Fewer whoopers flying this season
By by Dianna Wray - DWRAY@VICAD.COM
Feb. 3, 2012 at 6:03 p.m.
Updated Feb. 2, 2012 at 8:03 p.m.
For more info
For more information, go to www.nwf.org/Wildlife/Wildlife-Library/Birds/Whooping-Crane.aspx.
Hopes for a record season for the whooping cranes at their wintering grounds are waning as the days go by and more birds fail to appear.
In October, Dan Alonso, manager of the Aransas National Wildlife Refuge, predicted this would be a record-breaking season for the flock, with their numbers swelling to more than 300 birds.
Despite the estimate, only 193 birds have been counted in the refuge. Adding 16 birds known to be wintering between here and the flock's summer home in Wood Buffalo National Park in the Northwest Territories of Canada, the total of birds comes to 209, well below estimates from the beginning of the season, according to a news release from the Aransas National Wildlife Refuge.
One juvenile bird was believed killed in December. Alonso said they believed the bird was killed by a predator, and that death had no relation to the drought.
Last week, another juvenile bird was found dead. The cause of death for the bird was inconclusive, Alonso said. The carcass was sent to a lab for more testing.
In the wake of a drought that has made freshwater harder to come by and has been hard on the whoopers' food supply, the birds are more spread out in their feeding grounds, scientists believe. This makes it more difficult to count the birds when conducting their aerial surveys. There are probably more birds in the area than counted, Alonso said.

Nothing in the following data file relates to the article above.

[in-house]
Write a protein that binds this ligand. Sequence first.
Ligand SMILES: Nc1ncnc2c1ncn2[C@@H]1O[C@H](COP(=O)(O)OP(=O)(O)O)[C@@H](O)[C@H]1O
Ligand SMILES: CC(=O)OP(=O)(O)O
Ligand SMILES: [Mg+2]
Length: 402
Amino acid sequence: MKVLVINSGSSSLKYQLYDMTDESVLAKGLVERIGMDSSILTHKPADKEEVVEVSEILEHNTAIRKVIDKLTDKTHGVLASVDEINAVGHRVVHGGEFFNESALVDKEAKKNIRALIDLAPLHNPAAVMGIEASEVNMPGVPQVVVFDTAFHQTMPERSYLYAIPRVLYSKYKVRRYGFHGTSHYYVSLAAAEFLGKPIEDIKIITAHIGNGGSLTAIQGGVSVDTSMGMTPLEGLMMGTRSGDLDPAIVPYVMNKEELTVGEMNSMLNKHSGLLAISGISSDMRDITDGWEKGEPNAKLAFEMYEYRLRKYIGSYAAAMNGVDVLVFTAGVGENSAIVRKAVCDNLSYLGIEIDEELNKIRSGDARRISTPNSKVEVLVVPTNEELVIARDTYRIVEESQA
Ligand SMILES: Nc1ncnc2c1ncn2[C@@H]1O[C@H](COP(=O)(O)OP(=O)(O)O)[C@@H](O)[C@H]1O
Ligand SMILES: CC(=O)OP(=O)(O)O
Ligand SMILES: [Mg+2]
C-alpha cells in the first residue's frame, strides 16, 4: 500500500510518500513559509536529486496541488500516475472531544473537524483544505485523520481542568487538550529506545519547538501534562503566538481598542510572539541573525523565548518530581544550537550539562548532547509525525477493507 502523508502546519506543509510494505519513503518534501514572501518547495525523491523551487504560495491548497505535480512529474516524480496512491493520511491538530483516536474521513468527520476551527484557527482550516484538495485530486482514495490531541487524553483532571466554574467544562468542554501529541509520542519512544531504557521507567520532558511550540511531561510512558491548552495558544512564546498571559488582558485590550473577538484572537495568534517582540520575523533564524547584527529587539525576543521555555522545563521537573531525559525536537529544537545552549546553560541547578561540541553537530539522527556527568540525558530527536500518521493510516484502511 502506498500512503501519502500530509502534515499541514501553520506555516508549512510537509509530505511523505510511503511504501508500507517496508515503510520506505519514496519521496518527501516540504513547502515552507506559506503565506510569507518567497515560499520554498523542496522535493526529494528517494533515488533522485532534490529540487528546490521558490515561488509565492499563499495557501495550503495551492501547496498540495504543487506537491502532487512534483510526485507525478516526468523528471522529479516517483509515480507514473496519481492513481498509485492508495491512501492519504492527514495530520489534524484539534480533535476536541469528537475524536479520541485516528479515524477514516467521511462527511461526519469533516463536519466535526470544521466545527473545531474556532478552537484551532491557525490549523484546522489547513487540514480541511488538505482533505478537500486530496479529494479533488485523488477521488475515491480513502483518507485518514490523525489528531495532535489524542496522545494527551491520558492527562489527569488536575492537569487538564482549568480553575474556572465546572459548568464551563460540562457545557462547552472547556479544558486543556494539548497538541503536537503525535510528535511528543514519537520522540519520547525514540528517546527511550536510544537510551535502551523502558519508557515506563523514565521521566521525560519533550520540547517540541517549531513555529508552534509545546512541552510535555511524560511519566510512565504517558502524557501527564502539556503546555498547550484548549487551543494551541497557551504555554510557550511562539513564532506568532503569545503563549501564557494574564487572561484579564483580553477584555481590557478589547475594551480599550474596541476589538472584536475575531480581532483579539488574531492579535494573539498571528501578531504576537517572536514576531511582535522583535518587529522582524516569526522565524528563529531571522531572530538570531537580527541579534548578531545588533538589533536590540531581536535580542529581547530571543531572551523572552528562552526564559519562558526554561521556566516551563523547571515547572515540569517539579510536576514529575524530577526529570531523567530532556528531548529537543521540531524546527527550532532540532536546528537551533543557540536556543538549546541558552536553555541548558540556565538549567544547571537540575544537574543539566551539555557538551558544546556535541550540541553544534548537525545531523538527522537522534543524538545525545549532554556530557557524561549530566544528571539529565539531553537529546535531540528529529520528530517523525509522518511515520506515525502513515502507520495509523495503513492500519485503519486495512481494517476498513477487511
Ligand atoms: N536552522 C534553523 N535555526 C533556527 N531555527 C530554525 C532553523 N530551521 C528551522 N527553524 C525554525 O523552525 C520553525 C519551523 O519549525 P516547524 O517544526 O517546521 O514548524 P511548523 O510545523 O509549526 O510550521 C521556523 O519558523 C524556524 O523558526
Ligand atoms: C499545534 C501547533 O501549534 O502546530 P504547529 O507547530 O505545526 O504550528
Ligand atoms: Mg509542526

"You're in a plane flying over. You can't see all of them. It's human error that you miss some," Alonso said.
The drought has caused 5 percent of the birds to get their water from man-made freshwater sources such as stock ponds and windmills, according to the news release.
Refuge personnel do not plan to feed the birds, but they burned more than 8,000 acres to help the whooping crane habitat.
Biologists reported that whooping cranes were seen eating roasted acorns after the burn.
Refuge officials plan to burn more than 6,000 more acres, according to the release.
Red tide algae has posed an additional threat to the birds. The toxic bloom kills fish, and would kill a whooping crane if the bird ate it.
Cold weather and rain have pushed the red tide out of the bays in recent days, but it put more pressure on the birds in what had already promised to be a difficult season.
Despite the strain, Alonso said he was confident in the flock's ability to deal with adverse conditions.
"They're having to work a little harder for the food they do find, but they're quite adaptable," he said.